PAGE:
Loans Without Bias

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, Loans Without Bias

Seke Ballard is the founder and CEO of Seattle-based Good Tree Capital, an online platform that raises capital from accredited investors and uses those funds to underwrite small-business loans to vetted, licensed cannabis operators nationwide.

Good Tree Capital’s average loan is $75,000, and its biggest financing so far has been $250,000. The company issued its first loan in 2017 and has since built a portfolio of borrowers in California, Colorado, Massachusetts, Oregon, Washington state and Illinois, where it is particularly active in the social equity space.


How does Good Tree Capital do things differently, and how does your business model help affect the changes you want to see in the cannabis industry?

Good Tree Capital’s mission is to reimagine how traditional banks lend money, using more data and less human bias. The current system of underwriting small-business loans—with its heavy reliance on the loan officer—is inefficient and ripe for disruption.

The first issue is cost. Traditional banks employ a network of expensive loan officers working in brick-and-mortar branches to evaluate applicants’ creditworthiness. To preserve profitability in a high-cost environment, banks have created minimum loan thresholds (typically less than $250,000) under which they will not lend. The problem is that 68% of all small business loan applications are under $250,000, which means these applicants are largely overlooked by banks and forced to pursue higher-interest-rate, unsuitable alternatives, such as credit cards.

The second issue is bias. Imagine for a moment that you have two loan applicants with the exact same profile. They have the same credit score, income, outstanding debt and assets—they are essentially identical except for one attribute: race. If one of those applicants is black and the other is white, the black applicant is 2.7 times more likely to be rejected for the loan.

And if the black applicant succeeds in getting the loan, he or she will pay on average 180 basis points  more in interest. This same basic imbalance exists generally between men and women as well.


How does your company try to avoid such unequal treatment?

Good Tree Capital’s mission sits at the intersection of these two market inefficiencies, both of which trace their origin to the loan officer. After analyzing over 1.2 million loan records from the Small Business Administration, we built a mathematical model that uses only the financial and operating data about a business to predict, with 98.2% accuracy, whether that business will default on a loan. And unlike a loan officer, our technology can evaluate thousands of loans simultaneously with zero incremental cost. But most important is the fact that we built our algorithm with intentionality, avoiding factors that have no predictive value such as race and gender. Our output is a more equitable distribution of capital with borrowers who more closely reflect the diversity of our society.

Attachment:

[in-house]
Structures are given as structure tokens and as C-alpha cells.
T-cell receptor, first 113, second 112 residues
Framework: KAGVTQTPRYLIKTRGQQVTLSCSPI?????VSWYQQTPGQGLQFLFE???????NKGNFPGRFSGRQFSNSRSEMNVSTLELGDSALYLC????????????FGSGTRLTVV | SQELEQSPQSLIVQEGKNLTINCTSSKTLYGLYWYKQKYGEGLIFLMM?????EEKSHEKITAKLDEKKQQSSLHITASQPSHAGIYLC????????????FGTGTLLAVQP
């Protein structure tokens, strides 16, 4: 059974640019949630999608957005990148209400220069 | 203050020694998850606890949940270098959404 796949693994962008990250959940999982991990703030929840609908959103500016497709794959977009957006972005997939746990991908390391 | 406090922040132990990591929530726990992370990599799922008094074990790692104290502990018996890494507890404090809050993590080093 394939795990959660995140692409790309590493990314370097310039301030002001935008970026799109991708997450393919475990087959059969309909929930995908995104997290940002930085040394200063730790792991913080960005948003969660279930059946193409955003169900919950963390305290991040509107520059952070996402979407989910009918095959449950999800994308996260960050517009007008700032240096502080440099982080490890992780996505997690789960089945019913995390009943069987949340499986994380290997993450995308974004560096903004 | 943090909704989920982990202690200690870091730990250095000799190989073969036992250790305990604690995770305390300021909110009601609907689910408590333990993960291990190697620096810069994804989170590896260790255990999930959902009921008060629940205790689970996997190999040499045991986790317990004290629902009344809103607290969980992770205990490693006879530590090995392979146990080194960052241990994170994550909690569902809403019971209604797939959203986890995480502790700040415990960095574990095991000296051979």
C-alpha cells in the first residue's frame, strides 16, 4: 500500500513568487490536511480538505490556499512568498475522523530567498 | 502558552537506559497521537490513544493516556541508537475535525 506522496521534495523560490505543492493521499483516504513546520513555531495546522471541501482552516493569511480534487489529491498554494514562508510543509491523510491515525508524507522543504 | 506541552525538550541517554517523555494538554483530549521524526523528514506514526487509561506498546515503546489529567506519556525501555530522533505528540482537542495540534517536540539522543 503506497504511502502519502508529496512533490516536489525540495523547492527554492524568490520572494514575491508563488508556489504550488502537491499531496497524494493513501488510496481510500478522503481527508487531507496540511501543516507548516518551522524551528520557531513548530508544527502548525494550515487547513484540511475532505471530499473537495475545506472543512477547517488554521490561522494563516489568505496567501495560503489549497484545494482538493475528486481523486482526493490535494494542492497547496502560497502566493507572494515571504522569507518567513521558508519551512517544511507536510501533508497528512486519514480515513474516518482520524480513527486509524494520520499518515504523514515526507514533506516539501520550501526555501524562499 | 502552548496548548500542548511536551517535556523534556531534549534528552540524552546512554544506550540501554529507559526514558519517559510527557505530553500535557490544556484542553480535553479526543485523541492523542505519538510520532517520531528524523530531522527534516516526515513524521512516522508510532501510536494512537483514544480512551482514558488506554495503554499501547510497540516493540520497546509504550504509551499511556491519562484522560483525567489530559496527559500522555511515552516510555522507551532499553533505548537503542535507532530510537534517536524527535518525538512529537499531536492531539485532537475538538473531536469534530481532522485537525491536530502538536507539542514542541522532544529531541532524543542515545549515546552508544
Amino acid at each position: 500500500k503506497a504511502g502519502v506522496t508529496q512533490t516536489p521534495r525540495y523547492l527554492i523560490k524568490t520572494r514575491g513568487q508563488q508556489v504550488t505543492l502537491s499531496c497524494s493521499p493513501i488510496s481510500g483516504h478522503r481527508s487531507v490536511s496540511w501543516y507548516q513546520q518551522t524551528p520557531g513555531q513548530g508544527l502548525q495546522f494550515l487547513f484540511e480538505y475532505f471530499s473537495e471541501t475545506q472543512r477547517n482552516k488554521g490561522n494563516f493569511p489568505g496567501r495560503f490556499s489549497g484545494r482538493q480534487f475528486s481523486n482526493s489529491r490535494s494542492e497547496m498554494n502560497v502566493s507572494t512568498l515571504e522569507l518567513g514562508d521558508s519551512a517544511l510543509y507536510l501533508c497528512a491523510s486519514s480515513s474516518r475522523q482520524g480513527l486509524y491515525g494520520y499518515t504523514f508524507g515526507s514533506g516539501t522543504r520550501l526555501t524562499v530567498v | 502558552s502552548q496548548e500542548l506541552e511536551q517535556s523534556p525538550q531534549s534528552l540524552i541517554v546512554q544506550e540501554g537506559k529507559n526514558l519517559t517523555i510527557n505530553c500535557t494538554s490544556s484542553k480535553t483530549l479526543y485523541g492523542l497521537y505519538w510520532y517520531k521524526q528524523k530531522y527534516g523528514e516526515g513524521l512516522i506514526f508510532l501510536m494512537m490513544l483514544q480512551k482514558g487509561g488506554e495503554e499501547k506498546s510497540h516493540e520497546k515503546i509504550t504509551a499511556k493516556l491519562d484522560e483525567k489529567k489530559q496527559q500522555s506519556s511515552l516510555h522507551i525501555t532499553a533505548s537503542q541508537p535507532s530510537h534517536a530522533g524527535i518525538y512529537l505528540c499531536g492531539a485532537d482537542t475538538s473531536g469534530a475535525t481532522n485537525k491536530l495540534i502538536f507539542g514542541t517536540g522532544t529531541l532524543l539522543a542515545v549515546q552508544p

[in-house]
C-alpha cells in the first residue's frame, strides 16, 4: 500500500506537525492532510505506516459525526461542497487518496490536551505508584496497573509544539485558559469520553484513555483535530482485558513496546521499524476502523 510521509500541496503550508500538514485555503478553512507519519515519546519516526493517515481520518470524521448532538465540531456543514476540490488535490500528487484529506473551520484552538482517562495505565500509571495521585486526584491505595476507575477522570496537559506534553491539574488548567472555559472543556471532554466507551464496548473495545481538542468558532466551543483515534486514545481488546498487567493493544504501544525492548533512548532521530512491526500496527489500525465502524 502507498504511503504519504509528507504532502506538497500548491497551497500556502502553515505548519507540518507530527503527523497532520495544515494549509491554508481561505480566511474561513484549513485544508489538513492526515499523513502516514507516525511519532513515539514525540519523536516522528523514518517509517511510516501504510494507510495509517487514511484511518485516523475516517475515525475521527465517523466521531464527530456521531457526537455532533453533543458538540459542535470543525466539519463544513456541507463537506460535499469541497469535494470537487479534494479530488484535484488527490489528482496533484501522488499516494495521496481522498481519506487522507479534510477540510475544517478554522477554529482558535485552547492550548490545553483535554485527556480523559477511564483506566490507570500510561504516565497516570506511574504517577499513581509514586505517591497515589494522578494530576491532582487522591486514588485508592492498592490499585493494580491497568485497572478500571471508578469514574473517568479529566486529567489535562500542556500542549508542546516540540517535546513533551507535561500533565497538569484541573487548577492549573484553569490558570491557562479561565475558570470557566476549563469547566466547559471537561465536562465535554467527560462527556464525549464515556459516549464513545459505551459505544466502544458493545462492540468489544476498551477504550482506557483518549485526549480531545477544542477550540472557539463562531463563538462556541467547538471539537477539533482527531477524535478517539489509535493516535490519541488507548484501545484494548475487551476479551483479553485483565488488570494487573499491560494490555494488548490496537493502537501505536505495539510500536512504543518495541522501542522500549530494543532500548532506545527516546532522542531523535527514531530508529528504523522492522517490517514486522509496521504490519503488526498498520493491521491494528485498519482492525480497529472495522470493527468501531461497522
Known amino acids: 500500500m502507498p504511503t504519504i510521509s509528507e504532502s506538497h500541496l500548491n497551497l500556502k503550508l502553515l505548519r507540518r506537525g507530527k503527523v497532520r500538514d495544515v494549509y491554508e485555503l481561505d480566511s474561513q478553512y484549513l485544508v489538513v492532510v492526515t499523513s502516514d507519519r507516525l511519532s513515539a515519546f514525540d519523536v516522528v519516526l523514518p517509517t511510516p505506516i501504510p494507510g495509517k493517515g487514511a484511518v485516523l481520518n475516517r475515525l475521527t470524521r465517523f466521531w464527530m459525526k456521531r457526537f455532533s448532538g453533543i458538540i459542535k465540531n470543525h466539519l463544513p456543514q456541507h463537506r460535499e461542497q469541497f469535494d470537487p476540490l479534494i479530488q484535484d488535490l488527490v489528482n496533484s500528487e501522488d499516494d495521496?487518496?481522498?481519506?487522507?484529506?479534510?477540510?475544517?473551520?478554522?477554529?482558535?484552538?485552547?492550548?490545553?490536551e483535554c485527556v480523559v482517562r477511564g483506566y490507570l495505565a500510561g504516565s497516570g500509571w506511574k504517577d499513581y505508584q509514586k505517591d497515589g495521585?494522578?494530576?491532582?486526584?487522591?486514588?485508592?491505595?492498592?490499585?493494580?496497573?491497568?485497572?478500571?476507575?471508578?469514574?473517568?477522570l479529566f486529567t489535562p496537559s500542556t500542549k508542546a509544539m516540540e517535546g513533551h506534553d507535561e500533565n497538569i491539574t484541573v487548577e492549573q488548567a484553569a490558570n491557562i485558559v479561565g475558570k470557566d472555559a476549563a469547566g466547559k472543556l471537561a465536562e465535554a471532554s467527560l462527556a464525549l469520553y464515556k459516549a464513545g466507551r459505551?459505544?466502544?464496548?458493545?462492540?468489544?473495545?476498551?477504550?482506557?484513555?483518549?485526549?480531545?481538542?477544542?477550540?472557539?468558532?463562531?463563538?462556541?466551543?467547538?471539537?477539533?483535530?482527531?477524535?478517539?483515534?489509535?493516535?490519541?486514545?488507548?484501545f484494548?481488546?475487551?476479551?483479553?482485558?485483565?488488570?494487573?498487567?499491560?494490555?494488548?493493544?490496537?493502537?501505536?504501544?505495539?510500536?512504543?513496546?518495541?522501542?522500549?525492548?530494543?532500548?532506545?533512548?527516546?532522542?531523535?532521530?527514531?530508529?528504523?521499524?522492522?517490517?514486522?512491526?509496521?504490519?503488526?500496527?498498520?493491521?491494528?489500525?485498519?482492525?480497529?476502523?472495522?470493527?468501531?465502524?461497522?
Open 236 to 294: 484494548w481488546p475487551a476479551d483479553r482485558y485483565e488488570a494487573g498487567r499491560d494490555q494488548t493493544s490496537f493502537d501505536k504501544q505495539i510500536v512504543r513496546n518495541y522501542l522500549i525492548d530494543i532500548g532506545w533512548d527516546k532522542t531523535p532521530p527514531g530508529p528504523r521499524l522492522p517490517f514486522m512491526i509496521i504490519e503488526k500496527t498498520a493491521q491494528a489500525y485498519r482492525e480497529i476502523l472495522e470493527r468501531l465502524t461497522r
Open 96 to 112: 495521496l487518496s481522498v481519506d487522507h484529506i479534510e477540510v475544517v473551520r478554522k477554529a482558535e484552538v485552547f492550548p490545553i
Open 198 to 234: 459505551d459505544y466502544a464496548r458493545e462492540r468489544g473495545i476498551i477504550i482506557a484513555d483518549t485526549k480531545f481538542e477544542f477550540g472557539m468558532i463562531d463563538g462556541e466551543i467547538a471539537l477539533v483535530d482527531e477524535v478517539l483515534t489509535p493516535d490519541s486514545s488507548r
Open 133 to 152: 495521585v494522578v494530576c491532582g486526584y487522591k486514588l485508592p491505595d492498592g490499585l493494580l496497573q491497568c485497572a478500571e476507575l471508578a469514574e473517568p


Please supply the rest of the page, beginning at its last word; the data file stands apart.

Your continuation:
Why have you chosen cannabis to launch this new way of lending?

Cannabis is the ideal industry to operationalize our model. Banks are sitting on the sidelines while at the same time we’re engaged in a national discussion about access and social equity ownership.

Nationally our default rate is less than 2%, compared to a 17.6% trailing 10-year default rate for SBA-backed loans. Lower default rates result in higher profitability and returns to investors. What’s more, 50% of the Illinois-based cannabis businesses our technology approved for financing are women-owned. With no human intervention, operating on its own, our technology approved as many women-owned businesses as it did men-owned businesses. Nearly
half of our borrowers are minorities, which is a byproduct of our focus on social equity and the degree to which we’ve sought to remove bias from our evaluation process.


Is the current capital environment in the cannabis industry affecting your ability to raise money?

Alan Greenspan, the former chairman of the U.S. Federal Reserve, characterized investors’ behavior during the dot-com bubble as “irrational exuberance.” I believe the same thing is happening in cannabis. The lion’s share of invested capital is in equity, financing the operations of many multistate operators (MSOs), but if you look at the top cannabis exchange-traded funds (ETFs) in 2019, they are all down—some by as much as 55%. The performance of these ETFs underlines an ominous reality, namely that the billion-dollar M&A headlines and a growth-at-all-cost mentality are destroying shareholder value with no end in sight. Several MSOs have not yet cracked the code on how to make money today, and it doesn’t appear those same companies may know how to do so in the future.

And if you don’t make money, you’re not a business. You’re a nonprofit parading as a business. Smart investors understand this dynamic and are looking at better options to earn returns in cannabis.


This interview has been edited for length and clarity.